{ dev: 16777220,
  mode: 16877,
  nlink: 11,
  uid: 501,
  gid: 20,
  rdev: 0,
  blksize: 4096,
  ino: 32548075,
  size: 374,
  blocks: 0,
  atime: Sat Jan 31 2015 10:56:30 GMT+0200 (IST),
  mtime: Sat Jan 31 2015 10:52:13 GMT+0200 (IST),
  ctime: Sat Jan 31 2015 10:52:13 GMT+0200 (IST) }

and it provides a few methods for more convenience.

Among the values that we got there dev is the device number. It might be interesting if you have multiple disks or partitions mounted.

mode contains a lot of information, including the type of the thing (file/directory/symbolic link) and the permissions on that thing.

uid is the user-id of the owner of this thing.

gid is the group-id of the owner of this thing.

size is, the size of the thing in bytes.

atime, mtime, and ctime are 3 different timestamps representing the last access time, the last modify time and the create time of the thing.

Before checking out the value of mode, let's see a few helper functions:

isFile() will return True if the thing is a file.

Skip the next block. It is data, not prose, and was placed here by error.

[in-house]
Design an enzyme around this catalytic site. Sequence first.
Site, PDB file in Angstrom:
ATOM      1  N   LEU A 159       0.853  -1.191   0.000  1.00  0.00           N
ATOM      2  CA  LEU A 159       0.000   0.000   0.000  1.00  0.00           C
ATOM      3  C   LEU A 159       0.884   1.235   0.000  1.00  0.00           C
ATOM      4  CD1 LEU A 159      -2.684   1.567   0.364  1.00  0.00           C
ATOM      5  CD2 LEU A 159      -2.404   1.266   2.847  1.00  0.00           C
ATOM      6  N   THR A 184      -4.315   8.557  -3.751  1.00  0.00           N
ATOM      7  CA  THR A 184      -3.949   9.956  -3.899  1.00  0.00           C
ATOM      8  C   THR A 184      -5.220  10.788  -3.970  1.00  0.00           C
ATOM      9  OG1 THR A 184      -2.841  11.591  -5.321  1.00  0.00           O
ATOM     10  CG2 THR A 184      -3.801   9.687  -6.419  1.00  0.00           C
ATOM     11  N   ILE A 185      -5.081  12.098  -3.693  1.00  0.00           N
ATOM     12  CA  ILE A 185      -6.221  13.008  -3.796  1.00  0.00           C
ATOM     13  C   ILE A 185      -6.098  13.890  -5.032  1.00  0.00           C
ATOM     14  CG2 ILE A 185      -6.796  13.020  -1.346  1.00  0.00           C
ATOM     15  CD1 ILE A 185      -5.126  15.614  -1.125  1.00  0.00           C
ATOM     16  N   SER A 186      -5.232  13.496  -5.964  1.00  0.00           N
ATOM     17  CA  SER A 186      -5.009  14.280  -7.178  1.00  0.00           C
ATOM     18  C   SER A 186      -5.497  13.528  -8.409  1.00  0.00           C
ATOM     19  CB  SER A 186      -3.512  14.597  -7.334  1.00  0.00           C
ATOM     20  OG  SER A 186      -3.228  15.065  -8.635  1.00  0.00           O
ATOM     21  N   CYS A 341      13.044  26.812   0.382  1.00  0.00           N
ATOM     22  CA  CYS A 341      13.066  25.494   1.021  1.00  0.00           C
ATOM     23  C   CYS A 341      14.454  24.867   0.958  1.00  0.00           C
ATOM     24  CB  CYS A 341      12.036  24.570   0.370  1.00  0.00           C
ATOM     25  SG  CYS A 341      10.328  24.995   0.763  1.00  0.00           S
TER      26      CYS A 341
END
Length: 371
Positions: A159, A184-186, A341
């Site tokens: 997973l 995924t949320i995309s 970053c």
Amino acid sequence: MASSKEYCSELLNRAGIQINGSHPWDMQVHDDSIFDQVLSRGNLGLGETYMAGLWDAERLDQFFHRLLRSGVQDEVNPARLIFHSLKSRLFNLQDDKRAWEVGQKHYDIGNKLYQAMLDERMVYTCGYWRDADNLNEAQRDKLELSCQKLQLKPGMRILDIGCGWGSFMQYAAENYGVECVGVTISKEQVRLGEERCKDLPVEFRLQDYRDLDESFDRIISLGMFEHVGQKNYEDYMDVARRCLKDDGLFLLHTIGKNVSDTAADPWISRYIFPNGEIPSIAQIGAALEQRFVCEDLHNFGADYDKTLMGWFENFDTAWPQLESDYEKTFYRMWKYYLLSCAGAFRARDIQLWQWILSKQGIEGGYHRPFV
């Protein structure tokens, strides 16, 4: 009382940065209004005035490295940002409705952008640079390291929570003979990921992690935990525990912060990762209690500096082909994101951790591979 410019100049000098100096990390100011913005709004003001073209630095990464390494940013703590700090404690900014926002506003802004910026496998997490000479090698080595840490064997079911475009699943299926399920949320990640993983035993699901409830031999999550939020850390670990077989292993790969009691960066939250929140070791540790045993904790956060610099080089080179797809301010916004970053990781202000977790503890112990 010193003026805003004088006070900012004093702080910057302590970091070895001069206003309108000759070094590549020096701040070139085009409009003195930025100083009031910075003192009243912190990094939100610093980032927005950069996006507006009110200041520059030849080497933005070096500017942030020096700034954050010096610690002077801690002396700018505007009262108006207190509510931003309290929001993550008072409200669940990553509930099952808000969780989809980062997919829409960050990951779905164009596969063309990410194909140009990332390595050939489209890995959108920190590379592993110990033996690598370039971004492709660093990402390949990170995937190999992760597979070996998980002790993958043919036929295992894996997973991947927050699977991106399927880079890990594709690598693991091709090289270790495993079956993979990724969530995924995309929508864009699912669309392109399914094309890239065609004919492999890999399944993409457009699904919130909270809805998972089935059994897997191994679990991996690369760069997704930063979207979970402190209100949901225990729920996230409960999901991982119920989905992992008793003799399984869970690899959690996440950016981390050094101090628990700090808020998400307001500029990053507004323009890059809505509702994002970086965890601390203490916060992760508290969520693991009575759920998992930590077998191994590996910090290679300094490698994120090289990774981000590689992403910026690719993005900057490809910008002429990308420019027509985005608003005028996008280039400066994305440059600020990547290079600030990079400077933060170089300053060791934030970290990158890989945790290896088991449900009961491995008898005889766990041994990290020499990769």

isDirectory() will return True it the thing is a directory.

There are a few more such helper functions listed in documentation of fs.Stat.

The other values of the stat object can be accessed just as regular members of any JavaScript object. For example it is easy to access the size of the file:

Size of a file in Node.js

console.log('    size: ' + stats["size"]);

Mode and file access rights

man 2 stat provides information on how to interpret the values in mode which was 16877 in our case.

We need to use special bitwise masks on that number to check if specific bits are on or off in that number. For example mode & 1 will be 1 if the right-most bit in mode was on. Otherwise this will be 0.

mode & 2 will be 2 if he second bit from the right was on, and 0 if it was not.

mode & 4 will be 4 if he third(!) bit from the right was on, and 0 if it was not.

Luckily numbers, except of 0, are considered True in JavaScript. So we could use the ternary operator ?: to returns some interesting character if the expression is different from 0 and return - if the expression was 0.

That's how our output resembles (in the usage of rwx- characters) to the output of ls -ld.

Besides the read-write-execute flags, we can also extract the file-type from the the mode value, but for those we have already seen a set of more readable convenience methods.